Shakespeare, Jonson, and the Claims of the Performative

By James Loxley, Mark Robson

© 2013 – Routledge

146 pages

Purchasing Options:
Hardback: 9780415993272
pub: 2013-03-10
US Dollars$140.00
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About the Book

This book will constitute an original intervention into longstanding but insistently relevant debates around the significance of notions of ‘performativity’ to the critical analysis of early modern drama.

In particular, the book aims to:

  • show how the investigation of performativity can enable readings of Shakespeare and Jonson that challenge the dominant methodological frameworks within which those plays have come to be read;

  • demonstrate that the thought of performativity does not come to rest in the simplicity of method or instrumentality, and that it resists its own claim that language and action might be understood as unproblematically instrumental;

  • demonstrate that this self-resistance occurs or takes place as a moment in the process of articulating the claims of the performative, and that this process is itself in an important sense dramatic.

Table of Contents

Introduction. Sea-changes 1. Promises 2. Excuses 3. Libels 4. Declarations 5. Animation 6. Seriousness 7. Theatre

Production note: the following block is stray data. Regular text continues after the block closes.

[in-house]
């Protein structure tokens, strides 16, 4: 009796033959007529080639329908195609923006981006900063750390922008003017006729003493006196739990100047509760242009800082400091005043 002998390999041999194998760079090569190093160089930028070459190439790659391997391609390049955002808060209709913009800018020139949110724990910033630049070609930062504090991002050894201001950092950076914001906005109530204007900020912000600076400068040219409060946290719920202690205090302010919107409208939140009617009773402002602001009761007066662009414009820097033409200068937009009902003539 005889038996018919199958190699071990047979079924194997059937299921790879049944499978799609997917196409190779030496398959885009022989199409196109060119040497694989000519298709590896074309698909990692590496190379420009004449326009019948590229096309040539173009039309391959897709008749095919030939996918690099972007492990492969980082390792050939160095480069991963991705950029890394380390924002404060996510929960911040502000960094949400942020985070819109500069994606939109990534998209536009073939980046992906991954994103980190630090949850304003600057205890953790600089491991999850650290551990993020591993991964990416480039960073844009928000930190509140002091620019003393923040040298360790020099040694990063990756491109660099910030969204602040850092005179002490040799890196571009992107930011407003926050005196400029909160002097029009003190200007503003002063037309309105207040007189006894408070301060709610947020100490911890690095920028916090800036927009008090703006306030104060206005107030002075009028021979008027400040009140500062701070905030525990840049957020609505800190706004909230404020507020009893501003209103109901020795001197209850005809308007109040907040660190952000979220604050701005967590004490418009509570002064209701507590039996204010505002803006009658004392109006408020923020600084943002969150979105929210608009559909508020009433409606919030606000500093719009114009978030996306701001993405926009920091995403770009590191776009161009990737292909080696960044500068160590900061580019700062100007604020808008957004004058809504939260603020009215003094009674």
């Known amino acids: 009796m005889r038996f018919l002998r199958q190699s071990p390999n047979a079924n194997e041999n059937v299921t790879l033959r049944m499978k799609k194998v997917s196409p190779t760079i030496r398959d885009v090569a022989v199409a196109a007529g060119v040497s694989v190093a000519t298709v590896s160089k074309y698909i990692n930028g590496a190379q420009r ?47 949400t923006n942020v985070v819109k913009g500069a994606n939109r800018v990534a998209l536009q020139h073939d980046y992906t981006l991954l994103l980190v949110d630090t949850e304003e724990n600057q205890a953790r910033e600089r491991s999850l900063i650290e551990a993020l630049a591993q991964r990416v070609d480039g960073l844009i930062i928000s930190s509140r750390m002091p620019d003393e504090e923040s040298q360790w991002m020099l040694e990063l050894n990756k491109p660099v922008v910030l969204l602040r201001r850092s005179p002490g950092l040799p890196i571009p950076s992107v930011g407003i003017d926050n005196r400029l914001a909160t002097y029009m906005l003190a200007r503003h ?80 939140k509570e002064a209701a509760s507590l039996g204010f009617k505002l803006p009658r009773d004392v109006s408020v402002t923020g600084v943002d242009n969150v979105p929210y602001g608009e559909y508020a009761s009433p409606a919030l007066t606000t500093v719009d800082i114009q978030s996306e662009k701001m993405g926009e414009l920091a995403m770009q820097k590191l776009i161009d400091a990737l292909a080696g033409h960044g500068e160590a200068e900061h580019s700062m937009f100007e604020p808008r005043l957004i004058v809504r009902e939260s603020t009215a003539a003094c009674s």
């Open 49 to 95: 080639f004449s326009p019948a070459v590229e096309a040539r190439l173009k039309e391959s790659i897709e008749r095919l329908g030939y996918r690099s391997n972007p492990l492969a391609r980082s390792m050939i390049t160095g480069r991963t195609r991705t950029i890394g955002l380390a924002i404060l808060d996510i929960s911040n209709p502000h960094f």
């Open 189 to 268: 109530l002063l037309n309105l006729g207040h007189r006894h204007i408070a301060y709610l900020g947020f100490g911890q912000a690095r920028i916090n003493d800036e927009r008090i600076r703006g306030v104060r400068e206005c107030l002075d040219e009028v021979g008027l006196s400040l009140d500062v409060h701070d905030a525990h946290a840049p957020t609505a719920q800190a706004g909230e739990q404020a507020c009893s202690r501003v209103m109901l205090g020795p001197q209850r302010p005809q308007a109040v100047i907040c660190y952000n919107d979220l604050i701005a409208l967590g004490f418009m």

About the Authors

James Loxley is Professor of Early Modern Literature at the University of Edinburgh.

Mark Robson teaches at the University of Nottingham.

About the Series

Routledge Studies in Renaissance Literature and Culture

From Shakespeare to Jonson, Routledge Studies in Renaissance Literature and Culture looks at both the literature and culture of the early modern period. This series is our home for cutting-edge, upper-level scholarly studies and edited collections. Considering literature alongside theatre, popular culture, race, gender, ecology, space, and other subjects, titles are characterized by dynamic interventions into established subjects and innovative studies on emerging topics.

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Subject Categories

BISAC Subject Codes/Headings:
LIT000000
LITERARY CRITICISM / General
LIT013000
LITERARY CRITICISM / Drama
LIT015000
LITERARY CRITICISM / Shakespeare